HOLLER (on the weather in the 2003 final): I was thinking it would be a real shame, because you’ve got a guy who’s rolling like Tony, if he has to wind up sitting for 45 minutes (because of a rain delay) and it totally throws off his rhythm. It was almost too good to be true, and you’re waiting for the rain to come and put an end to it. This is before we’re checking our radar on our cell phones. We’re just sitting there waiting for it to hit.
HOLLER (on Butler’s status as a third-round draft pick): If Tony Butler is pitching in high school this year, he’s a first round pick. So much has changed with the internet and the number of showcases. He went to all the big showcases, he went to Perfect Game, he went to everything that was big back then. The difference is, scouts can see guys more now. The Mariners only saw him once or twice. The Brewers were actually the ones saying they might take him in the second round.
BUTLER (on being a third-round pick): I don’t think I knew any better then, but I definitely believe if I was a high-school player this year (I might go higher). Gavin Lux (of Kenosha Indian Trail) goes first round (in 2016) and hopefully sets the tone that we can have first rounders in Wisconsin. I feel I opened up some scouts’ eyes; I hope that I played a role in helping a guy like Gavin Lux go first round even though I never met the kid and maybe never will. I’m hoping somehow I kind of opened up scouts’ eyes to at least the southeastern part of Wisconsin and maybe that’s something I could be proud about whether it’s true or not.
MILLARD (on his 2003 Homestead team’s shaky play in a three-run third inning that gave Oak Creek all its runs): That team for me made 11 errors in the 16 conference games and we had three errors in one inning in that game. It was pouring during that inning, and two were on bunts that Cory Melvin lost picking up that slipped out of his hand. What can we do? Ross tried to turn that double play, and it slipped out of his hand.Looking back, Iwanted them to stop the game at that time. It was raining really hard, and you just don’t want (weather) in a state championship game to be a mitigating factor. Those guys were so prepped, because during that year we had a lot of thunderstorms. They were so pressed to get that game in. I wasn’t blaming anybody at the time and I don’t now.
MILLARD (on standouts Mitch Huffman and Ross Bennett): They were both really successful football players; they were just competitive athletes and they just hated – hated – to lose. There wasn’t a lot I had to do to motivate them on a daily basis. The only reason we lost a couple games late in the season was because Baline Ertl, my shortstop, had gotten hit in the foot with a pitch and was out, and we were really struggling at shortstop. Ross went on to have a great career at Wisconsin-Platteville. He was just so good. I remember we were playing at the Firecracker Invite at Waukesha West, playing on the Fourth of July in an extra inning-game against a Legion team from Big Foot who was really good. That was Greg Perlewitz’s breakout game as a sophomore. I know how great Tony Butler was, but he was great for us, too. He won two games at two different state tournaments. Ross Bennett hit a two-run homer in the bottom of the eighth on a hit and run. He hit it so far that it went into the football stands at Waukehsa West. It was like 430 feet, 440 feet. Just destroyed. As he was rounding the bases, it was at night and late, fireworks are just exploding everywhere. It was surreal. That team just hated to lose and they were just so competitive. You add Cory Melvin to that mix; he had moved to Mequon, and his dad was in his first year as general manager. Cory was just a phenomenal third baseman and phenomenal pitcher. The team was already really good, and then you put a kid like him on it.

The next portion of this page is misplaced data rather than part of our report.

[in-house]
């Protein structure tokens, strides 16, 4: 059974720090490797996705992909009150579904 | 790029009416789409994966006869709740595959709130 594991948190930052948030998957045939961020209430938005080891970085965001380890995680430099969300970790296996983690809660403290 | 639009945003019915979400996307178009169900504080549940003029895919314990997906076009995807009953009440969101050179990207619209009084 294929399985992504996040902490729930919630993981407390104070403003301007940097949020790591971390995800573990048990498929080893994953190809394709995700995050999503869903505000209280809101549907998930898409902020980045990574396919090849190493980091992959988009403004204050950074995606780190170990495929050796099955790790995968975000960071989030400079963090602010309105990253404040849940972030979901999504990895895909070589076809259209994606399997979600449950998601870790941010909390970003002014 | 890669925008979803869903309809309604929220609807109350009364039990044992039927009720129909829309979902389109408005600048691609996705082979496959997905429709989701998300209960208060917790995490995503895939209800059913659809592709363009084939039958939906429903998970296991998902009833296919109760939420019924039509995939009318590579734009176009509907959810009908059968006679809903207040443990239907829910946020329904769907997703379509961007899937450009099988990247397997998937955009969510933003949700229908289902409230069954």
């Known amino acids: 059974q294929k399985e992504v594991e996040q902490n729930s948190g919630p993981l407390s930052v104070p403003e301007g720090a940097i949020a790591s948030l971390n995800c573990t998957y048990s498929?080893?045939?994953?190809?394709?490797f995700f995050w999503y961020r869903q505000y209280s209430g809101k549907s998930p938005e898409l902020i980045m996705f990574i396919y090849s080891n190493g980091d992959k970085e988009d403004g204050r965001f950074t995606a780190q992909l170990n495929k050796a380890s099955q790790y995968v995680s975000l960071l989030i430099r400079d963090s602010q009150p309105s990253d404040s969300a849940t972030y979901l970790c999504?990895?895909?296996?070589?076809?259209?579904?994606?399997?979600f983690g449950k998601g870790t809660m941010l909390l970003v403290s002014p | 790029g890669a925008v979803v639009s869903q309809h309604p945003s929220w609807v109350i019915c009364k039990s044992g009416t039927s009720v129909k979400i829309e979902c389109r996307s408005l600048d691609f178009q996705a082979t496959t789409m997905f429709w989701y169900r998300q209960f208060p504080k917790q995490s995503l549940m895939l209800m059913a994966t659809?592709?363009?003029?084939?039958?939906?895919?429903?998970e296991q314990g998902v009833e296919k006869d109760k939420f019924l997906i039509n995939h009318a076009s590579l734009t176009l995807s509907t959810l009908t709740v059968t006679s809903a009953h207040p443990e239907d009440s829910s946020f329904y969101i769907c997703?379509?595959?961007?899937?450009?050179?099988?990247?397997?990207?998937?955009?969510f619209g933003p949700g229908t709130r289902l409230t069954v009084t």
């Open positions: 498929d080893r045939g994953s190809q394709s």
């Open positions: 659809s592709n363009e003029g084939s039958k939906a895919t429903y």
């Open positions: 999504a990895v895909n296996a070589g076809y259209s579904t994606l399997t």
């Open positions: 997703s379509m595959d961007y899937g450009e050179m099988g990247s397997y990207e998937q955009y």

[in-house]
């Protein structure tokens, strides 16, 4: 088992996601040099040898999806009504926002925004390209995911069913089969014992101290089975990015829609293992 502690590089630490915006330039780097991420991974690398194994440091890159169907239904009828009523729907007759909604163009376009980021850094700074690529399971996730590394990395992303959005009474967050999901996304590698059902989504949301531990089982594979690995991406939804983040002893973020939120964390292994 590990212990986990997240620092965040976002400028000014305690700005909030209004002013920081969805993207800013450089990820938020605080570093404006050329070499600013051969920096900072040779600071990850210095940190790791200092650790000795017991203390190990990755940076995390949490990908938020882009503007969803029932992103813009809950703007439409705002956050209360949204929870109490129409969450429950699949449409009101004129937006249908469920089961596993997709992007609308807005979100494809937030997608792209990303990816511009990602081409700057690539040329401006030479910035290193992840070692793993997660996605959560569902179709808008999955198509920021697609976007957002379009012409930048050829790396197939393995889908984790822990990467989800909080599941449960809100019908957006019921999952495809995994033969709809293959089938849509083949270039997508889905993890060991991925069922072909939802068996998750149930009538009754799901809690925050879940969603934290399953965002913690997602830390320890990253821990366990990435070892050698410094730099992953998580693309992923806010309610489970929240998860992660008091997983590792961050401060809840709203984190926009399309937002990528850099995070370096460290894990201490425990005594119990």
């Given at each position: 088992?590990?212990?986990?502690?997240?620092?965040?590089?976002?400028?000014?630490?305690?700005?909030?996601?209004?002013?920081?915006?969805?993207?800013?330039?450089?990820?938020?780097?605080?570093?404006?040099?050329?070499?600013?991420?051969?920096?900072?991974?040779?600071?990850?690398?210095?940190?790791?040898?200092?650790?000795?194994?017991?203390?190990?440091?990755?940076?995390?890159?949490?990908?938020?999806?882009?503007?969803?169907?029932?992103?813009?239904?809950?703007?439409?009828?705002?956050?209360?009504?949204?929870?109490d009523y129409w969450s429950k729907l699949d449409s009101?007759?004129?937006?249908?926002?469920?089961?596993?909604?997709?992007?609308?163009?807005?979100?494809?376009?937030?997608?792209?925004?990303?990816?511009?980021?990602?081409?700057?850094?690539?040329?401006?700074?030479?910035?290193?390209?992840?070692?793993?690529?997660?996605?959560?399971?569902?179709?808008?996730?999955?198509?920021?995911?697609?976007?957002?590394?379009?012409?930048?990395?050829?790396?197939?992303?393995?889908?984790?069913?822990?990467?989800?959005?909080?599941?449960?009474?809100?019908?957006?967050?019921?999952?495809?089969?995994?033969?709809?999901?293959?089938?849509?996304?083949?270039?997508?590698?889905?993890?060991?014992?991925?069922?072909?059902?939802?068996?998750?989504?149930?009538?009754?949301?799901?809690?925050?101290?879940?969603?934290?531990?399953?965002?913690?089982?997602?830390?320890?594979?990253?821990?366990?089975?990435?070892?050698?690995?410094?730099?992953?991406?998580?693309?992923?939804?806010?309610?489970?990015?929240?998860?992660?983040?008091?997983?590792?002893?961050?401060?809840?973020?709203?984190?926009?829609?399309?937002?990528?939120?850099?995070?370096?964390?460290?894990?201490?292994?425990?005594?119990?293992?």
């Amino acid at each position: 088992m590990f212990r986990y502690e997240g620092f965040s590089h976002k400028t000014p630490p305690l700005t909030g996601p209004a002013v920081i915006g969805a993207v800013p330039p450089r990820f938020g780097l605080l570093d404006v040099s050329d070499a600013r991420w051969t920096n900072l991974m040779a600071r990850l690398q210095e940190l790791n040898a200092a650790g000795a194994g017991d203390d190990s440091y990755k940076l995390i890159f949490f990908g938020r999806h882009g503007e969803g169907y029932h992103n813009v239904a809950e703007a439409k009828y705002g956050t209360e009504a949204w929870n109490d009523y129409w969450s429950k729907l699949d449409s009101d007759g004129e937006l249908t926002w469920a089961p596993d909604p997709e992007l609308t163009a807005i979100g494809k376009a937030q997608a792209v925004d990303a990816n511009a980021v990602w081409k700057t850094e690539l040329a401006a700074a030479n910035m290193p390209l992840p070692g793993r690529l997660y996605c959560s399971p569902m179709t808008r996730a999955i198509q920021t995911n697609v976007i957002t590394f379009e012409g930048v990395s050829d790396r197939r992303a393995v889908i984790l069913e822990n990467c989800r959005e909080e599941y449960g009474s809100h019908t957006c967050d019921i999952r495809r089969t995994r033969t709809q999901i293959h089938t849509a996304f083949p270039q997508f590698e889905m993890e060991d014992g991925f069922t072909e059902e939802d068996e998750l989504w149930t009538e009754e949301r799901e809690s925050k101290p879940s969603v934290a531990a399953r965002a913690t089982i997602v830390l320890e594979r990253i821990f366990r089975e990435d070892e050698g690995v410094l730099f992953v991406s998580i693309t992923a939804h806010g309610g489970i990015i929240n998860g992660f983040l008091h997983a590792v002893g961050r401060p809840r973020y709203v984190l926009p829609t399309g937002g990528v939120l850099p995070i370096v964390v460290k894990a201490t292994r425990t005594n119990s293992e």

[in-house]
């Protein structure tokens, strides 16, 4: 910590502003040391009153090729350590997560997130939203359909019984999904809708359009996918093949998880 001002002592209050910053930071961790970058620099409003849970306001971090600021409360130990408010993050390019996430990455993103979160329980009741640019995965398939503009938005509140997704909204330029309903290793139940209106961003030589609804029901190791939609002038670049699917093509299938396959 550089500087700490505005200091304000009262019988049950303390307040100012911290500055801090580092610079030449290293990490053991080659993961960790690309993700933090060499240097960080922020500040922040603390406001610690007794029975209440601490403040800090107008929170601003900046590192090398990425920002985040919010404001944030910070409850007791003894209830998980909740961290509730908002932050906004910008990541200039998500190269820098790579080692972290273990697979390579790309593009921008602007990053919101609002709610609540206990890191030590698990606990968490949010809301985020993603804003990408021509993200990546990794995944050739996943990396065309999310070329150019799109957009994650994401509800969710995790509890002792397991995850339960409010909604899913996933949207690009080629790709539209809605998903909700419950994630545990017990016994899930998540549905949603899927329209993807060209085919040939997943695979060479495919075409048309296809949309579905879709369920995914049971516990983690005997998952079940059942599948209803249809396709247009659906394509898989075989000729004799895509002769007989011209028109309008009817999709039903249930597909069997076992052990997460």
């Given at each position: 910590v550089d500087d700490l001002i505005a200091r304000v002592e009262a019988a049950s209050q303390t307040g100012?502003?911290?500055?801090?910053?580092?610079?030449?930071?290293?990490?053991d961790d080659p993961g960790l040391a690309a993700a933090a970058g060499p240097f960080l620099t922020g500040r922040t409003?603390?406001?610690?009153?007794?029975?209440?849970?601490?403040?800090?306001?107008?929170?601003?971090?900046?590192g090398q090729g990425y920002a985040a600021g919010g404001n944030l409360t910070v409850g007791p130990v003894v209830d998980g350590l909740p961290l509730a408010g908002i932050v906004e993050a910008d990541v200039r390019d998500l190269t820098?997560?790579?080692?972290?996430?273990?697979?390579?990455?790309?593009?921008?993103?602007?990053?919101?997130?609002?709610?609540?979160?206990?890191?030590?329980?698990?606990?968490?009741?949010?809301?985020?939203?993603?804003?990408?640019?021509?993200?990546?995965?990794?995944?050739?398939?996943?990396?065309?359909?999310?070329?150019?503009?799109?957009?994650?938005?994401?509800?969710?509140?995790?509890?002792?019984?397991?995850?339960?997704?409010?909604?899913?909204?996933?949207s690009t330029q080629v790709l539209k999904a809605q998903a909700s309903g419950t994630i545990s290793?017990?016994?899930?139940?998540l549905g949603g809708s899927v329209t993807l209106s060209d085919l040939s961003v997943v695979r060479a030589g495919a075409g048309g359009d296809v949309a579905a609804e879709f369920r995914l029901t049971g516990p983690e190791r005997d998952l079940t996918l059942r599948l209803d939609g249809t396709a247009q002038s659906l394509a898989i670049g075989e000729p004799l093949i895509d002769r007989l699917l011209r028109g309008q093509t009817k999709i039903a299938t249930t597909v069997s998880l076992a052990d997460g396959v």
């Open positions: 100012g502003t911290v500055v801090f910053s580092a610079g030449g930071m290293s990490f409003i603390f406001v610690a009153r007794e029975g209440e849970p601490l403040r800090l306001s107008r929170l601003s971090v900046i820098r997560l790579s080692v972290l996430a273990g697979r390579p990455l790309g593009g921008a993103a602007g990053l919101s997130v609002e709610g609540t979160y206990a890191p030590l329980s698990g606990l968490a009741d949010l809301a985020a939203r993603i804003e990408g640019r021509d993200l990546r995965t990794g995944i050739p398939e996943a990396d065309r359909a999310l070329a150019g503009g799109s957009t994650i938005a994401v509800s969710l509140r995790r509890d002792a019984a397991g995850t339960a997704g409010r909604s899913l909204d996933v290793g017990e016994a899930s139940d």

HARPER (on the injury aftermath): When I got to pro ball, my arm wasn't as strong. I felt pain again when I was playing pro ball and they did an MRI, and I had torn a ligament. I ended up having Tommy John surgery middle of the year of my rookie year, so then I missed a year and a half after that. I went to JUCO (after high school) in Texas and played through it for a year, but when I got to pro ball, it became too much. I got done with my recovery and had a really good year, and I was going to play in the Hawaiian league but had to have my arm scoped again. Once the first surgery happened, it kind of just went downhill from there. I didn't recover as well as I wanted to. I played as long as I could. Obviously, I wish I could have played more, but it just wasn't in the cards.